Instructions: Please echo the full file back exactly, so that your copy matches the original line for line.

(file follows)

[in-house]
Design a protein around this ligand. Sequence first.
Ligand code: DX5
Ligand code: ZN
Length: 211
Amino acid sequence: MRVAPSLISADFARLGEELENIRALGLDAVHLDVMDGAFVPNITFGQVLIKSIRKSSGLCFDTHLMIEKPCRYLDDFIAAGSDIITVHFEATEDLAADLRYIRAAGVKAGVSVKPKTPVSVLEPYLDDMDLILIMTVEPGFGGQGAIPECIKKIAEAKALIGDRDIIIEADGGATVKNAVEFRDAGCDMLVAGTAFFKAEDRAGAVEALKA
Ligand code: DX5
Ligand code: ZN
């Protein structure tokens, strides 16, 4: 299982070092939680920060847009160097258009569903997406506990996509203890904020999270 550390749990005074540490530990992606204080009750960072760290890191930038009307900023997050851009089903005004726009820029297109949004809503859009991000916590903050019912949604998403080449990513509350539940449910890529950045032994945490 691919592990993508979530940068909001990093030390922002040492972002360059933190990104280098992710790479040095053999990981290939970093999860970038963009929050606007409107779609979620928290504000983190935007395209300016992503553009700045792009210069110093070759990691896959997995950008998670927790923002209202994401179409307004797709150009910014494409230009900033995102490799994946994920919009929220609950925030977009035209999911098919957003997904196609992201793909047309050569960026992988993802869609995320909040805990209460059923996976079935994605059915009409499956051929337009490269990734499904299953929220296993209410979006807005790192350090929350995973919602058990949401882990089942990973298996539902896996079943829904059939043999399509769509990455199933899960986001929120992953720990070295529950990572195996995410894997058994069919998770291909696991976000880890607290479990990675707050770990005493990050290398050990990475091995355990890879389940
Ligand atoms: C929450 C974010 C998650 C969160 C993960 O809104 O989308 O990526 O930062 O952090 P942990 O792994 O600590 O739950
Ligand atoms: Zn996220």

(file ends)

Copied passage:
[in-house]
Design a protein around this ligand. Sequence first.
Ligand code: DX5
Ligand code: ZN
Length: 211
Amino acid sequence: MRVAPSLISADFARLGEELENIRALGLDAVHLDVMDGAFVPNITFGQVLIKSIRKSSGLCFDTHLMIEKPCRYLDDFIAAGSDIITVHFEATEDLAADLRYIRAAGVKAGVSVKPKTPVSVLEPYLDDMDLILIMTVEPGFGGQGAIPECIKKIAEAKALIGDRDIIIEADGGATVKNAVEFRDAGCDMLVAGTAFFKAEDRAGAVEALKA
Ligand code: DX5
Ligand code: ZN
């Protein structure tokens, strides 16, 4: 299982070092939680920060847009160097258009569903997406506990996509203890904020999270 550390749990005074540490530990992606204080009750960072760290890191930038009307900023997050851009089903005004726009820029297109949004809503859009991000916590903050019912949604998403080449990513509350539940449910890529950045032994945490 691919592990993508979530940068909001990093030390922002040492972002360059933190990104280098992710790479040095053999990981290939970093999860970038963009929050606007409107779609979620928290504000983190935007395209300016992503553009700045792009210069110093070759990691896959997995950008998670927790923002209202994401179409307004797709150009910014494409230009900033995102490799994946994920919009929220609950925030977009035209999911098919957003997904196609992201793909047309050569960026992988993802869609995320909040805990209460059923996976079935994605059915009409499956051929337009490269990734499904299953929220296993209410979006807005790192350090929350995973919602058990949401882990089942990973298996539902896996079943829904059939043999399509769509990455199933899960986001929120992953720990070295529950990572195996995410894997058994069919998770291909696991976000880890607290479990990675707050770990005493990050290398050990990475091995355990890879389940
Ligand atoms: C929450 C974010 C998650 C969160 C993960 O809104 O989308 O990526 O930062 O952090 P942990 O792994 O600590 O739950
Ligand atoms: Zn996220």